su postgres
      psql template1
      ALTER USER django_user WITH ENCRYPTED PASSWORD 'mypassword';
      
  3. Create the Django project database::
    sudo -u postgres psql template1
    CREATE DATABASE django_db OWNER django_user ENCODING ‘UTF8’;
  4. Give comoda access (pg_hba.conf):
  5. local   django_db        django_user                      md5
    

Configuring access to PostgreSQL

  1. Install psycopg2 Python package.
  2. Verify the installation

    You should be all set now, but let’s verify this right away. Open the
    shell and run the following instructions inside the python shell (start
    off with the python command):

    >>> import django
    >>> print django.VERSION
    (0, 97, 'pre')
    >>> import psycopg2
    >>> psycopg2.apilevel
    '2.0'
  3. Configure Django project settings (settings.py on the project directory):
    DATABASE_ENGINE = 'postgresql_psycopg2'           # 'postgresql_psycopg2', 'postgresql', 'mysql', 'sqlite3' or 'oracle'.
    DATABASE_NAME = 'django_db'             # Or path to database file if using sqlite3.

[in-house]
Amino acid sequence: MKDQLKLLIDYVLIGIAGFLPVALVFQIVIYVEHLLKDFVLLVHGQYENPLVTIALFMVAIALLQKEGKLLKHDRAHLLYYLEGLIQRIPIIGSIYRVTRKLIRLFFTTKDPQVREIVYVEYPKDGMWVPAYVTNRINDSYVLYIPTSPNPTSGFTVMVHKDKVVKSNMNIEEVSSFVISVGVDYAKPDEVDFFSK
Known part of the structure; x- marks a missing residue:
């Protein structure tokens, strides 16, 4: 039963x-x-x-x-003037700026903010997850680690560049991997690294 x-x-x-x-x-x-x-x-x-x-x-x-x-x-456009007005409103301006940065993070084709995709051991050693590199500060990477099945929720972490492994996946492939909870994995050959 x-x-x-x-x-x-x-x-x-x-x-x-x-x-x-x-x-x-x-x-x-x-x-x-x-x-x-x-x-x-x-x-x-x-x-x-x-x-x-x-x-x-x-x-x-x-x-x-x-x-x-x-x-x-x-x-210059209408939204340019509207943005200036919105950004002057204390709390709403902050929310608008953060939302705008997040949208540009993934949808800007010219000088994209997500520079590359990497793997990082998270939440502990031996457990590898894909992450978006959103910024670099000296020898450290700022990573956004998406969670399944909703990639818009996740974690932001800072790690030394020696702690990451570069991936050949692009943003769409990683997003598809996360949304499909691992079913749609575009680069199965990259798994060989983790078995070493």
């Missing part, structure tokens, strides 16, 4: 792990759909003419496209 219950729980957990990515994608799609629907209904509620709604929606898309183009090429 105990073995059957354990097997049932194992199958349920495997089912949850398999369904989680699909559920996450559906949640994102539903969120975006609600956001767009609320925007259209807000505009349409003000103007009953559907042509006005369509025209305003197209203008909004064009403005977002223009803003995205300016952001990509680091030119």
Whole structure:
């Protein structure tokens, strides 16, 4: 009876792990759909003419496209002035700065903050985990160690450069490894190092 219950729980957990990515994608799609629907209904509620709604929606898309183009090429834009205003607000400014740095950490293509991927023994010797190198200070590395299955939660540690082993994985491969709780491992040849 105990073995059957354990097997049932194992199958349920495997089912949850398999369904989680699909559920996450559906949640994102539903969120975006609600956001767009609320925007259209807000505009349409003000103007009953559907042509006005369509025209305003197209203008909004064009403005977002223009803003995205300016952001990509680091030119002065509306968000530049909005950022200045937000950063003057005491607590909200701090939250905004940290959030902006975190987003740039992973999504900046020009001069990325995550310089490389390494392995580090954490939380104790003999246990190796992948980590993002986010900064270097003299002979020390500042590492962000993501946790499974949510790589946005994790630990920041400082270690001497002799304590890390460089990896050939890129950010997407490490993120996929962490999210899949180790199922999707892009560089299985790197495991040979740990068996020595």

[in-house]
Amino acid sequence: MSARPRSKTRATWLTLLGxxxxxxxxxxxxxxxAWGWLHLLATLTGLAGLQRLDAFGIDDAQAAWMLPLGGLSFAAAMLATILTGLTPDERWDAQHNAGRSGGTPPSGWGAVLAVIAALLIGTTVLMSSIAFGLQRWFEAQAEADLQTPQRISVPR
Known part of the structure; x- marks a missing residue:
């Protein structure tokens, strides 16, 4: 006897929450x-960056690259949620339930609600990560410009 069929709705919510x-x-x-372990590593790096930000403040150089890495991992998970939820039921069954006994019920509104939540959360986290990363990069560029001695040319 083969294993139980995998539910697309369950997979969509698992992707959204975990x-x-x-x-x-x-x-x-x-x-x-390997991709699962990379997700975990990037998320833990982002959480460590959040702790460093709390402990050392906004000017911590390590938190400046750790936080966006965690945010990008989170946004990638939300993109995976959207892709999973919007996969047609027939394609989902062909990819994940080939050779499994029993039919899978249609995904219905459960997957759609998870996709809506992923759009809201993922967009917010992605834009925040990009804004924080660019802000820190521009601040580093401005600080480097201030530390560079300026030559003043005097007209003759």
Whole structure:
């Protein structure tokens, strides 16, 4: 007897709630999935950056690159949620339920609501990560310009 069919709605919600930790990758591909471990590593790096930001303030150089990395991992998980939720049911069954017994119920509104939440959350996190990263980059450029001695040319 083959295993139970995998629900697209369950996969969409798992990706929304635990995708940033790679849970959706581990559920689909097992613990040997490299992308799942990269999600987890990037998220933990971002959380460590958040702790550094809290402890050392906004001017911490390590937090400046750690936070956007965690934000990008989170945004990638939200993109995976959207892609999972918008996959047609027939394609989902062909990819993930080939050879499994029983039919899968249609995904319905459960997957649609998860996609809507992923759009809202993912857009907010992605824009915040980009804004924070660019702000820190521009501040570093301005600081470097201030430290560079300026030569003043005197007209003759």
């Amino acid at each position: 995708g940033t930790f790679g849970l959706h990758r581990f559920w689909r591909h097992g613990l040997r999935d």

DATABASE_USER = 'django_user'             # Not used with sqlite3.
    DATABASE_PASSWORD = 'XXXXXX'         # Not used with sqlite3.
    DATABASE_HOST = 'localhost'             # Set to empty string for localhost. Not used with sqlite3.
    DATABASE_PORT = '5432'             # Set to empty string for default. Not used with sqlite3.
  4. Install Django Python package.
  5. Run syncdb from Django project directory:
    python manage.py syncdb

Running Django project like FastCGI

  1. Install Django and Flup Python packages.
  2. You need also to start Django fastcgi server (from the project folder):
    python manage.py runfcgi host=127.0.0.1 port=8000 --settings=settings

    If you need to add something to pythonpath: